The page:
Cold Fusion: Another fraud or a breakthrough?

In March 1989, Stanley Pons and Martin Fleishmann claimed to have achieved cold fusion at room temperature but their experiment could not be reproduced.


Cold fusion lab (igloo) under construction : image wikipedia

While cold fusion is considered highly improbable, it is not impossible and there remains a nagging suspicion (hope?) that some “miracle”, perpetual machine may suddenly appear in the most unlikely place and perhaps even outside main-stream science.

Physorg reports on another claim this time from Bologna, Italy:

Despite the intense skepticism, a small community of scientists is still investigating near-room-temperature fusion reactions. The latest news occurred last week, when Italian scientists Andrea Rossi and Sergio Focardi of the University of Bologna announced that they developed a cold fusiondevice capable of producing 12,400 W of heat power with an input of just 400 W. Last Friday, the scientists held a private invitation press conference in Bologna, attended by about 50 people, where they demonstrated what they claim is a nickel-hydrogen fusion reactor
. Further, the scientists say that the reactor is well beyond the research phase; they plan to start shipping commercial devices within the next three months and start mass production by the end of 2011.

Rossi and Focardi say that, when the atomic nuclei of nickel and hydrogen are fused in their reactor, the reaction produces copper and a large amount of energy. The reactor uses less than 1 gram of hydrogen and starts with about 1,000 W of electricity, which is reduced to 400 W after a few minutes. Every minute, the reaction can convert 292 grams of 20°C water into dry steam at about 101°C. Since raising the temperature of water by 80°C and converting it to steam requires about 12,400 W of power, the experiment provides a power gain of 12,400/400 = 31. As for costs, the scientists estimate that electricity can be generated at a cost of less than 1 cent/kWh, which is significantly less than coal or natural gas plants……….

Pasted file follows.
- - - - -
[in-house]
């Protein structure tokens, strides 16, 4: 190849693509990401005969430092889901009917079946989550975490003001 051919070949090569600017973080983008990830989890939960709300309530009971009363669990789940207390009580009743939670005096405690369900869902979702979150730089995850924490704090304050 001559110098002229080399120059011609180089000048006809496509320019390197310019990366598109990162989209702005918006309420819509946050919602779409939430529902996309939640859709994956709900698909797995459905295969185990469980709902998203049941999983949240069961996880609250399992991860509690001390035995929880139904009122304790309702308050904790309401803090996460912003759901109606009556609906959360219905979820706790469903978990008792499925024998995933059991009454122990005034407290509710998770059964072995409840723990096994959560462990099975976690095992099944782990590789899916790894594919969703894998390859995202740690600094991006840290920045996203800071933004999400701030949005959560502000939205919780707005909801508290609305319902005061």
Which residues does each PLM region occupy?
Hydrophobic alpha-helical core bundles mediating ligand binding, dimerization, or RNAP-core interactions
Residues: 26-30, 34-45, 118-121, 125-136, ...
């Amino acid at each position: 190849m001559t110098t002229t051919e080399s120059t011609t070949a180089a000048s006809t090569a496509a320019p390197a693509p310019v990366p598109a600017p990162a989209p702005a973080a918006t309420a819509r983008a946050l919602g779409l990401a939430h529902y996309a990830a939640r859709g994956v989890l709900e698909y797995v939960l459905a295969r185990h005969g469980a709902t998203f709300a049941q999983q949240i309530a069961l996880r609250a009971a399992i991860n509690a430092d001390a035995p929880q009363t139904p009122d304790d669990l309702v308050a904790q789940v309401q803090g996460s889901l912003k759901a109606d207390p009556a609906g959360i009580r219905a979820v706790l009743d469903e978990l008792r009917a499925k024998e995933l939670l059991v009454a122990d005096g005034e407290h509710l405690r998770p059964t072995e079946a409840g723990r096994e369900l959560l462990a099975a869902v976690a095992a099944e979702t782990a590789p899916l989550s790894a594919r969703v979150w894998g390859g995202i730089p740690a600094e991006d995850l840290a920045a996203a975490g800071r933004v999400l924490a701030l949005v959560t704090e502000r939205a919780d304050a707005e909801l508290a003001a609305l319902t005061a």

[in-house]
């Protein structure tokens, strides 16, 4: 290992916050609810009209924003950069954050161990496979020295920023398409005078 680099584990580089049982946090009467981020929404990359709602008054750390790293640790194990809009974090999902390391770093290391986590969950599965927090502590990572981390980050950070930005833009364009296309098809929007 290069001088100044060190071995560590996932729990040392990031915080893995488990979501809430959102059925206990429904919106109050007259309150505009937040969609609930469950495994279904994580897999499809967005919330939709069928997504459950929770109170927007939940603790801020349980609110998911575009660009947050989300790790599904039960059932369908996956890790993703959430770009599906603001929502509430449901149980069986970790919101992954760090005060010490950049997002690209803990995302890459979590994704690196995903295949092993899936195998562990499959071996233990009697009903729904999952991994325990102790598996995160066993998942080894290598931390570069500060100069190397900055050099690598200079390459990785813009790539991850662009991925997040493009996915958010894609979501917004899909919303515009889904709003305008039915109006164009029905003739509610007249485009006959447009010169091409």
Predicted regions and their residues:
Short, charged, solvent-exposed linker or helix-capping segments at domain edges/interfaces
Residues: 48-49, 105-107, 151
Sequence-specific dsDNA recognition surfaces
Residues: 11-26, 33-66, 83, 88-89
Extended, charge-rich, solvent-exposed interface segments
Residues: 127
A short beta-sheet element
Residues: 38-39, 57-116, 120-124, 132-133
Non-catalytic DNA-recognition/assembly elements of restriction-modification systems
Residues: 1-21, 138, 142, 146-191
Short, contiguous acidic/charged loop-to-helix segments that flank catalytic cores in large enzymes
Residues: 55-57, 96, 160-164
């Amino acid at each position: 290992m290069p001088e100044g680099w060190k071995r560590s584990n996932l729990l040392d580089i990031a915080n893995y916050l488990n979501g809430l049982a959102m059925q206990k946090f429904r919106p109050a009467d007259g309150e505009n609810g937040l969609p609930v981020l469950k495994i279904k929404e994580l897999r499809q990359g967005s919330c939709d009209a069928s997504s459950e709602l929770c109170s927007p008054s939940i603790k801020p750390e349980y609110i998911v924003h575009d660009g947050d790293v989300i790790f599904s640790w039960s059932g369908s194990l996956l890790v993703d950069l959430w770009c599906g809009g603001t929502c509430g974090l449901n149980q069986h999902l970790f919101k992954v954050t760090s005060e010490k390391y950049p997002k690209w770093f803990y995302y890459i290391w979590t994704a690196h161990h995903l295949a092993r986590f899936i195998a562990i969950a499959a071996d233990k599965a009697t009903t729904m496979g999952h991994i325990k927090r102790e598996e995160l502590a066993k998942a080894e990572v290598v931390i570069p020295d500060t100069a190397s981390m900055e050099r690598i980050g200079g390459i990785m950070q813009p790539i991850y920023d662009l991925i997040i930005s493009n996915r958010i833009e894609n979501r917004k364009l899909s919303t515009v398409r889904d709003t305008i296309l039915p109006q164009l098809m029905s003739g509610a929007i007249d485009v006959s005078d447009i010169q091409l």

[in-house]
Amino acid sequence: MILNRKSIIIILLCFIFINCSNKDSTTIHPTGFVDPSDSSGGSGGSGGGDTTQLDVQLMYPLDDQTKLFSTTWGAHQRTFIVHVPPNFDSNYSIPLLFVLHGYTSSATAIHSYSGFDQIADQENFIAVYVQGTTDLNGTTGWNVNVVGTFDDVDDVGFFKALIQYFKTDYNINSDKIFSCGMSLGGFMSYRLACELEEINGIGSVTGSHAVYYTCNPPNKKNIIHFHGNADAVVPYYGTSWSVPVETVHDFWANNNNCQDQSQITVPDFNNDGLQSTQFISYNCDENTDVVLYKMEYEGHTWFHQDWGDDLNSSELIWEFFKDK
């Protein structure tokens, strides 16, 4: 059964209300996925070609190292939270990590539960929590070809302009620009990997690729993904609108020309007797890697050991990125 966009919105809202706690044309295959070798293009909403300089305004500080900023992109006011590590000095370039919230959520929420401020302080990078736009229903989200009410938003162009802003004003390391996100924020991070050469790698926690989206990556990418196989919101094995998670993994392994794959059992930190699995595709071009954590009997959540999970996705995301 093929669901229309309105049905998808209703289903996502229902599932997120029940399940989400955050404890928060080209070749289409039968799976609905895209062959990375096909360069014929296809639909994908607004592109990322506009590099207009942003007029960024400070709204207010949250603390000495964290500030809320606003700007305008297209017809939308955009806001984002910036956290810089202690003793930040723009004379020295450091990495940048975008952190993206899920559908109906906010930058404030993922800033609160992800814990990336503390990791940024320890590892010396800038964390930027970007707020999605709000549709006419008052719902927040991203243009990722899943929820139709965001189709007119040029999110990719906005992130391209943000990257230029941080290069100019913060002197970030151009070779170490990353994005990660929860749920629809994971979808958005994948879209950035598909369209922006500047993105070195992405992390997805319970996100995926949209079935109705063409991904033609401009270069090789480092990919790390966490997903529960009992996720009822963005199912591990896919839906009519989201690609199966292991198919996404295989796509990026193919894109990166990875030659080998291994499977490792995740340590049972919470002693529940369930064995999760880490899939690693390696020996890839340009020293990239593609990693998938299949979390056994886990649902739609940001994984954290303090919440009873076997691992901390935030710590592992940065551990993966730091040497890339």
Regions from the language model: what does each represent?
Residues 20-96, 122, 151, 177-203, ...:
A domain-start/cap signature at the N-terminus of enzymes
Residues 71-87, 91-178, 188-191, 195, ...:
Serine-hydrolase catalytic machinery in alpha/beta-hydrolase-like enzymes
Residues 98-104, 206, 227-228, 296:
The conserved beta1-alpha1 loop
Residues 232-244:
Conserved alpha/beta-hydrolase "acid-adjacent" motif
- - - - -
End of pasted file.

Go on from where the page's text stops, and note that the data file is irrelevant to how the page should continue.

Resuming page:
…… Rossi and Focardi’s paper on the nuclear reactor has been rejected by peer-reviewed journals, but the scientists aren’t discouraged. They published their paper in the Journal of Nuclear Physics, an online journal founded and run by themselves, which is obviously cause for a great deal of skepticism. They say their paper was rejected because they lack a theory for how the reaction works. According to a press release in Google translate, the scientists say they cannot explain how the cold fusion is triggered, “but the presence of copper and the release of energy are witnesses.”

But not everybody is dismissing this latest claim.

Steven Krivit of the New Energy Times describes why he believes that the Rossi and Focardi LENR device is probably real and is an advancement on the Piantelli process.

But there seems to be a vested interest here and I remain unconvinced.

Especially since they claim that they cannot fully explain what happens but are going to be producing “commercial units” anyway it sounds like a scam. They will probably sell some units to the gullible  before they disappear from view.

Just another fraud.

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4 Responses to “Cold Fusion: Another fraud or a breakthrough?”

  1. Nathan Brazil Says:

    The mechanism by which many pharmaceuticals work is unknown when they are sold. They need only prove safe and effective. We may learn only many years later why they work.

  2. Craig Binns Says:

    The question (about pharmaceuticals or anything else) is not HOW they work, but IF they work.

    That’s what Rossi’s got to show, and he is far from having shown it!

  3. Limulus Says:

    “a cold fusiondevice capable of producing 12,400 W of heat power with an input of just 400 W”

    Oh, well then, it should be no problem to set it up such that 400 W of energy can be harnessed from the system, at which point it can be disconnected from the external power supply and setup to supply itself… right? 😉

  4. Rossi and his cold fusion E-Cat still smells like a fraud « The k2p blog Says:

    […] & Co. announced their nickel-hydrogen fusion reactor back in January and have made regular press releases since then to keep the interest alive. They seem to have […]

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